Effect of Sea-Water on Clay Minerals1

Dorothy Carroll and Harry C. Starkey
U.S. Geological Survey, Washington, D.C.
1 Publication authorized by the Director, U.S. Geological Survey.

Abstract: Samples of a montmorillonite, a mixed-layer mineral (mica and montmorillonite) “illite”, kaolinite, and halloysite were immersed in 50 ml sea-water for 10 days, and additional samples of the first three were immersed for 150 days. The exchangeable cations were determined both before and after treatment. It was found that Mg2+ ions from sea-water moved into the exchange positions in the minerals in preference to Ca2+ and Na+ ions. The H-form of these minerals showed a gradual adjustment to sea-water as measured by change in pH and filling of the exchange positions with cations other than H+. Kaolinite adjusted very rapidly, but montmorillonite and the mixed-layer mineral were slow. All the minerals reacted to yield appreciable amounts of SiO2, Al2O3, and Fe2O3 to the sea-water. The quantities yielded are in the order:

montmorillonite > mixed-layer mineral > “illite” > kaolinite > halloysite

The solubility is considered to be due to direct solution of SiO2 in the sea-water and to removal of Al2O3 from the octahedral layer of the minerals.

When H-clays were titrated with sea-water three distinct kinds of curves were obtained: (a) kaolinite; (b) mixed-layer mineral, “illite,” and halloysite; and (c) montmorillonite. The curves are similar to those obtained with clay minerals titrated with other alkaline solutions. Kaolinite reacts somewhat like a number of simple acids, but the curves for the other minerals are more complex and are related to the neutralization of H+ and its replacement in the exehange sites by metallic cations. The exchangeable cations were determined in the minerals after titration, and the results are similar to those obtained after immersing the minerals in sea-water. The volume of sea-water required to reach an end point at about pH 7.6 varies from 11 ml for kaolinite to 135 ml for montmorillonite and is related to the titratable alkalinity of the sea water and to the exchange capacity of the minerals.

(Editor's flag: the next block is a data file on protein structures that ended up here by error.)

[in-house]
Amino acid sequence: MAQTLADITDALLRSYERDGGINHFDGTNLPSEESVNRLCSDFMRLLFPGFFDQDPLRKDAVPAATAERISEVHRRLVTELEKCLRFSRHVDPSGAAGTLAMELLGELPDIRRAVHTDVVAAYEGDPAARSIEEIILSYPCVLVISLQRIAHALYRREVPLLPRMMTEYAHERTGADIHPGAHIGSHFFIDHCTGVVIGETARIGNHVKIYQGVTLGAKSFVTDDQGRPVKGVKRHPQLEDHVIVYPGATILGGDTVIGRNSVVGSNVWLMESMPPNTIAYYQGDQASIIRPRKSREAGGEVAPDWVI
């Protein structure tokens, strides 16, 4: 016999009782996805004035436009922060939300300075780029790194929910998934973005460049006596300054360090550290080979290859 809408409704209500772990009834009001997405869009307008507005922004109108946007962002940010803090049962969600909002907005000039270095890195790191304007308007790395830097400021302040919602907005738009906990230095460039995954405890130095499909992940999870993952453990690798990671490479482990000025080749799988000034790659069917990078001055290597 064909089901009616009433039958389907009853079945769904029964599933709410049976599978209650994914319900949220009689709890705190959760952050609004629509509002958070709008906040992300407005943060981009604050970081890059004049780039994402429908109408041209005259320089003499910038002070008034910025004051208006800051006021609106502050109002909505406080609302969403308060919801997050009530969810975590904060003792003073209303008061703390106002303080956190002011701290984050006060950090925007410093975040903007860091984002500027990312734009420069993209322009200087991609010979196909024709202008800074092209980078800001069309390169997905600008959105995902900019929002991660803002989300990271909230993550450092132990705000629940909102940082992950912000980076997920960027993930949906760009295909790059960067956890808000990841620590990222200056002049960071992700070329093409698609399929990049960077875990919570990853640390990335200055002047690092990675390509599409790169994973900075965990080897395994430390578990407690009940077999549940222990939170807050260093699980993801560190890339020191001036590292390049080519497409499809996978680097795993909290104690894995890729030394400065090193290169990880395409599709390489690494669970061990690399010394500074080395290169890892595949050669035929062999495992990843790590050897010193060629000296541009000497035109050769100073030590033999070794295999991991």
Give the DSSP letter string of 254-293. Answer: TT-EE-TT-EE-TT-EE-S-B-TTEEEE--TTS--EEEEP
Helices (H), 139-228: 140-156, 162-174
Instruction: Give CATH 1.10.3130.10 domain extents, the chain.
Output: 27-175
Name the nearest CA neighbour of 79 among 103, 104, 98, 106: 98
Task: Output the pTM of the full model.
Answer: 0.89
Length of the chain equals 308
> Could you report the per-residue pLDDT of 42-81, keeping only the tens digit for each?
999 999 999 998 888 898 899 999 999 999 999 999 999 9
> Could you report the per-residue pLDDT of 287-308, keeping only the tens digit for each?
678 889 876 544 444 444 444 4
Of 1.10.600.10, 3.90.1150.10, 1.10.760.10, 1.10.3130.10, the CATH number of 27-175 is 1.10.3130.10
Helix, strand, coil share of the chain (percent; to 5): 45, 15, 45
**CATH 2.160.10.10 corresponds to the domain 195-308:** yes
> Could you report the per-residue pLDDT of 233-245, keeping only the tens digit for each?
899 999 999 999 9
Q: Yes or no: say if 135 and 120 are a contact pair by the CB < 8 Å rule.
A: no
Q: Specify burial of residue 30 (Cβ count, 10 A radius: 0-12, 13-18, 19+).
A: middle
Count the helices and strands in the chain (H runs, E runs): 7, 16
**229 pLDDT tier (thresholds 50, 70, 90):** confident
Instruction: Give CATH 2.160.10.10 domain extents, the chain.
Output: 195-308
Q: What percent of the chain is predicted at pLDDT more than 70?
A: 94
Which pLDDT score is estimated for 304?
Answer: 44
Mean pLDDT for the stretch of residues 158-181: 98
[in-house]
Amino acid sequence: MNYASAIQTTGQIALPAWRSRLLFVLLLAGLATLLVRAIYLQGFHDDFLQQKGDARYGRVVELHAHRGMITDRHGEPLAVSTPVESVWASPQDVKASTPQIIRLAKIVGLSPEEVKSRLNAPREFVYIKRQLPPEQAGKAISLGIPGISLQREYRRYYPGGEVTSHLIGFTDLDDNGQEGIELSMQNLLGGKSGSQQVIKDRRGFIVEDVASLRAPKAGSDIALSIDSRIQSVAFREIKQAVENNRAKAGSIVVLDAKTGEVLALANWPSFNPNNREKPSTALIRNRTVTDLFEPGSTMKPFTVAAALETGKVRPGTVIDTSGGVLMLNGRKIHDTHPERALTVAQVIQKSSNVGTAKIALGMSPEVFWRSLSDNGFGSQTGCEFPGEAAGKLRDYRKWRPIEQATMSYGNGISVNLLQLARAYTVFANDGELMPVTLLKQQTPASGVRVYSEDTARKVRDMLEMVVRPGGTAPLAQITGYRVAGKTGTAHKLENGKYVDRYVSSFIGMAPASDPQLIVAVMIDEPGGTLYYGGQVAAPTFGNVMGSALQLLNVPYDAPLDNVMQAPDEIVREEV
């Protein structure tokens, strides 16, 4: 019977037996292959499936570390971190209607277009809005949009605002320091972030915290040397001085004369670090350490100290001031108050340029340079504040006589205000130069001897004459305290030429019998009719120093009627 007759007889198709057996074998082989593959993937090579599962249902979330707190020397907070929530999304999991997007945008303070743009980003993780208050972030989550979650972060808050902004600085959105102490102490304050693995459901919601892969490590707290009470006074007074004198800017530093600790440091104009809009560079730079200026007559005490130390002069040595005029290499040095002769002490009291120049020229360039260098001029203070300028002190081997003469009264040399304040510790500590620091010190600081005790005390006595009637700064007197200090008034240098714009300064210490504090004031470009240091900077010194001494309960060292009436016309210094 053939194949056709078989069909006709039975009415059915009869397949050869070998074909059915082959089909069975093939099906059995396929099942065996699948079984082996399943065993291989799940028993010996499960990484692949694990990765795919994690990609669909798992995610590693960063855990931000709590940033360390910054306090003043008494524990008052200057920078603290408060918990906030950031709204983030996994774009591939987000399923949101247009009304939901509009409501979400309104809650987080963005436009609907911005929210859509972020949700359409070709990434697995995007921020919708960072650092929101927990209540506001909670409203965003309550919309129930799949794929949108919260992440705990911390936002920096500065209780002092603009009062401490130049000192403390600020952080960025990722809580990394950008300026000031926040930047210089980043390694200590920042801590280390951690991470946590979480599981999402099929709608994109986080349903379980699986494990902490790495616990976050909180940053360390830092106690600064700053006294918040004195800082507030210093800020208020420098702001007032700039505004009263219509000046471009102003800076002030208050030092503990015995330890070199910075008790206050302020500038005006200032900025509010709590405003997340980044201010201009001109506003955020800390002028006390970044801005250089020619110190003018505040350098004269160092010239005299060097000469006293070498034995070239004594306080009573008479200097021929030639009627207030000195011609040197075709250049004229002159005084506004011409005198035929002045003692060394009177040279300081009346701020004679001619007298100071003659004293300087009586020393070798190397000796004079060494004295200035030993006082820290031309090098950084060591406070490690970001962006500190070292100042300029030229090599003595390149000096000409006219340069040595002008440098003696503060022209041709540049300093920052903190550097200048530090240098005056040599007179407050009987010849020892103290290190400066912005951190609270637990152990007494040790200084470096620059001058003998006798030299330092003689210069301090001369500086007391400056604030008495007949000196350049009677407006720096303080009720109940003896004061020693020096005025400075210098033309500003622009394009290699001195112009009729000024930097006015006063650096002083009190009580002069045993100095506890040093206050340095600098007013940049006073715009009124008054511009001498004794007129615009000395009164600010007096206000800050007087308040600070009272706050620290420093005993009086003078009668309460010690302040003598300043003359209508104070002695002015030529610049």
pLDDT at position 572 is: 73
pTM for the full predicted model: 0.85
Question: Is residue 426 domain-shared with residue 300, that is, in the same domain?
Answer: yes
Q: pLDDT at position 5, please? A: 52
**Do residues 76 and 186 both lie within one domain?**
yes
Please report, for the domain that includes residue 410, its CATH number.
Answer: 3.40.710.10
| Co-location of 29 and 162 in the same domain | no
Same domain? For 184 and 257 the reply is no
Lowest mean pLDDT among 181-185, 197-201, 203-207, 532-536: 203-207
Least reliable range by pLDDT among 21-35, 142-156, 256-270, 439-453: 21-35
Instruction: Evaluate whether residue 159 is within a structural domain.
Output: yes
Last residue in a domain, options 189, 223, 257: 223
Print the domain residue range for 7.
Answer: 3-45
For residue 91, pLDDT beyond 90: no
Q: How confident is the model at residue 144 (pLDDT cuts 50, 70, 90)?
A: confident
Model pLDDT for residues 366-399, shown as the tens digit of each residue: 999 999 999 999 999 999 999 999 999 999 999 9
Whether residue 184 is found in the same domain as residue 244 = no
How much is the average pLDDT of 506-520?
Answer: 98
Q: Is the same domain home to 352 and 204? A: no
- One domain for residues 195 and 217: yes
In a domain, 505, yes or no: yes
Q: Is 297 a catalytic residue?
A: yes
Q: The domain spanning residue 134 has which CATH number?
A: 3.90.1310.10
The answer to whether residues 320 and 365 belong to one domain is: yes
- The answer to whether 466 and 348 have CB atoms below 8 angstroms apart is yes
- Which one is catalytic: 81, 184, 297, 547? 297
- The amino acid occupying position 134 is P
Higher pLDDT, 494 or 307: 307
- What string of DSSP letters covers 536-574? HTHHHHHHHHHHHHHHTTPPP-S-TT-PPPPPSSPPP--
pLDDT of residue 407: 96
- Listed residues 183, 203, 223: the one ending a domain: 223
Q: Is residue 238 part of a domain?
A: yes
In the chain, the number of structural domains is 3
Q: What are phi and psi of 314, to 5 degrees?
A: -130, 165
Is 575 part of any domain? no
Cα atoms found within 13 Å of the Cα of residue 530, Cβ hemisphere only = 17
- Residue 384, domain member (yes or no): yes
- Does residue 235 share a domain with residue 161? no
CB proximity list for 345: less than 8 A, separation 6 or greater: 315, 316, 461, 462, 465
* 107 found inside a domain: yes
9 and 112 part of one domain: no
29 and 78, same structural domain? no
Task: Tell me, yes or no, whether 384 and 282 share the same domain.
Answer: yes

Clays and Clay Minerals; 1958 v. 7; no. 1; p. 80-101; DOI: 10.1346/CCMN.1958.0070103
© 1958, The Clay Minerals Society
Clay Minerals Society (www.clays.org)